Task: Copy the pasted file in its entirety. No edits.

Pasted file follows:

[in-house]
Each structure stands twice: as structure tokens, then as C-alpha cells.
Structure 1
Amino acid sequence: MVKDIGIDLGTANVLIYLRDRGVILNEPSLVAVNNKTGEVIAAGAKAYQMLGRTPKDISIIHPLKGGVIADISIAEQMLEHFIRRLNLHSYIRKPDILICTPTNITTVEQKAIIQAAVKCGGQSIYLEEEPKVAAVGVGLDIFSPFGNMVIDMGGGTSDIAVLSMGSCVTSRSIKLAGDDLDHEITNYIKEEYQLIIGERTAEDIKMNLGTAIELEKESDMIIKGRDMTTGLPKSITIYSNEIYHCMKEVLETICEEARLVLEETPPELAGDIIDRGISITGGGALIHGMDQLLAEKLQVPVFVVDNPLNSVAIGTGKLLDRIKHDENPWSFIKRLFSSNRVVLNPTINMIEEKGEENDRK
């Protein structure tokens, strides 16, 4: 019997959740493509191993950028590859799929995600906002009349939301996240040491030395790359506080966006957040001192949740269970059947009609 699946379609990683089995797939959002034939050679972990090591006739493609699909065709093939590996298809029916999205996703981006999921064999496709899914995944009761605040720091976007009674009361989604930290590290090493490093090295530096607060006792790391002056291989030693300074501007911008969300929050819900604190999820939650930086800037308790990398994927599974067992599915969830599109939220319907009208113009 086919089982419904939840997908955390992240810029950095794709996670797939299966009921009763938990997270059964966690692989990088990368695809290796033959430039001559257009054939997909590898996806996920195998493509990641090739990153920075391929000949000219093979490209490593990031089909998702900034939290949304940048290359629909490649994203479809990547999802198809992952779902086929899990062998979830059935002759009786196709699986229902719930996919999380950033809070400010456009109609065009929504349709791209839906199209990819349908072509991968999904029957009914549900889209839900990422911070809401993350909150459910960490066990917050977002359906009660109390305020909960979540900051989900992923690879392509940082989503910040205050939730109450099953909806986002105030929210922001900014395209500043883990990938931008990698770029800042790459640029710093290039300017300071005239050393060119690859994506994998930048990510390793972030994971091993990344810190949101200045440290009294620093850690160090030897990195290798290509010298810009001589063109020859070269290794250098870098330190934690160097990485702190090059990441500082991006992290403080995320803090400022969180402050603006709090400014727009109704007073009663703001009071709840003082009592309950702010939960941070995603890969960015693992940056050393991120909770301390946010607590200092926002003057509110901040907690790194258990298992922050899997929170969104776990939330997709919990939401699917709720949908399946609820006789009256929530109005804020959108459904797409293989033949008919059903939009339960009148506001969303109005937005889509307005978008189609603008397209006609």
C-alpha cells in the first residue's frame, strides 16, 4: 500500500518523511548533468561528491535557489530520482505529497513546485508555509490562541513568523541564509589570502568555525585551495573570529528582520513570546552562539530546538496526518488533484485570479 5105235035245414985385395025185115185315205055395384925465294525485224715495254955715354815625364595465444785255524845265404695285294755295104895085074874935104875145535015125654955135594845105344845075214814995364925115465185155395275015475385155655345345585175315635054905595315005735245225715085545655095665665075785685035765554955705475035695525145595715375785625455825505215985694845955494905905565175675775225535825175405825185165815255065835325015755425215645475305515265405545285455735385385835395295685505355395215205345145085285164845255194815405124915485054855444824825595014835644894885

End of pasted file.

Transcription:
[in-house]
Each structure stands twice: as structure tokens, then as C-alpha cells.
Structure 1
Amino acid sequence: MVKDIGIDLGTANVLIYLRDRGVILNEPSLVAVNNKTGEVIAAGAKAYQMLGRTPKDISIIHPLKGGVIADISIAEQMLEHFIRRLNLHSYIRKPDILICTPTNITTVEQKAIIQAAVKCGGQSIYLEEEPKVAAVGVGLDIFSPFGNMVIDMGGGTSDIAVLSMGSCVTSRSIKLAGDDLDHEITNYIKEEYQLIIGERTAEDIKMNLGTAIELEKESDMIIKGRDMTTGLPKSITIYSNEIYHCMKEVLETICEEARLVLEETPPELAGDIIDRGISITGGGALIHGMDQLLAEKLQVPVFVVDNPLNSVAIGTGKLLDRIKHDENPWSFIKRLFSSNRVVLNPTINMIEEKGEENDRK
């Protein structure tokens, strides 16, 4: 019997959740493509191993950028590859799929995600906002009349939301996240040491030395790359506080966006957040001192949740269970059947009609 699946379609990683089995797939959002034939050679972990090591006739493609699909065709093939590996298809029916999205996703981006999921064999496709899914995944009761605040720091976007009674009361989604930290590290090493490093090295530096607060006792790391002056291989030693300074501007911008969300929050819900604190999820939650930086800037308790990398994927599974067992599915969830599109939220319907009208113009 086919089982419904939840997908955390992240810029950095794709996670797939299966009921009763938990997270059964966690692989990088990368695809290796033959430039001559257009054939997909590898996806996920195998493509990641090739990153920075391929000949000219093979490209490593990031089909998702900034939290949304940048290359629909490649994203479809990547999802198809992952779902086929899990062998979830059935002759009786196709699986229902719930996919999380950033809070400010456009109609065009929504349709791209839906199209990819349908072509991968999904029957009914549900889209839900990422911070809401993350909150459910960490066990917050977002359906009660109390305020909960979540900051989900992923690879392509940082989503910040205050939730109450099953909806986002105030929210922001900014395209500043883990990938931008990698770029800042790459640029710093290039300017300071005239050393060119690859994506994998930048990510390793972030994971091993990344810190949101200045440290009294620093850690160090030897990195290798290509010298810009001589063109020859070269290794250098870098330190934690160097990485702190090059990441500082991006992290403080995320803090400022969180402050603006709090400014727009109704007073009663703001009071709840003082009592309950702010939960941070995603890969960015693992940056050393991120909770301390946010607590200092926002003057509110901040907690790194258990298992922050899997929170969104776990939330997709919990939401699917709720949908399946609820006789009256929530109005804020959108459904797409293989033949008919059903939009339960009148506001969303109005937005889509307005978008189609603008397209006609």
C-alpha cells in the first residue's frame, strides 16, 4: 500500500518523511548533468561528491535557489530520482505529497513546485508555509490562541513568523541564509589570502568555525585551495573570529528582520513570546552562539530546538496526518488533484485570479 5105235035245414985385395025185115185315205055395384925465294525485224715495254955715354815625364595465444785255524845265404695285294755295104895085074874935104875145535015125654955135594845105344845075214814995364925115465185155395275015475385155655345345585175315635054905595315005735245225715085545655095665665075785685035765554955705475035695525145595715375785625455825505215985694845955494905905565175675775225535825175405825185165815255065835325015755425215645475305515265405545285455735385385835395295685505355395215205345145085285164845255194815405124915485054855444824825595014835644894885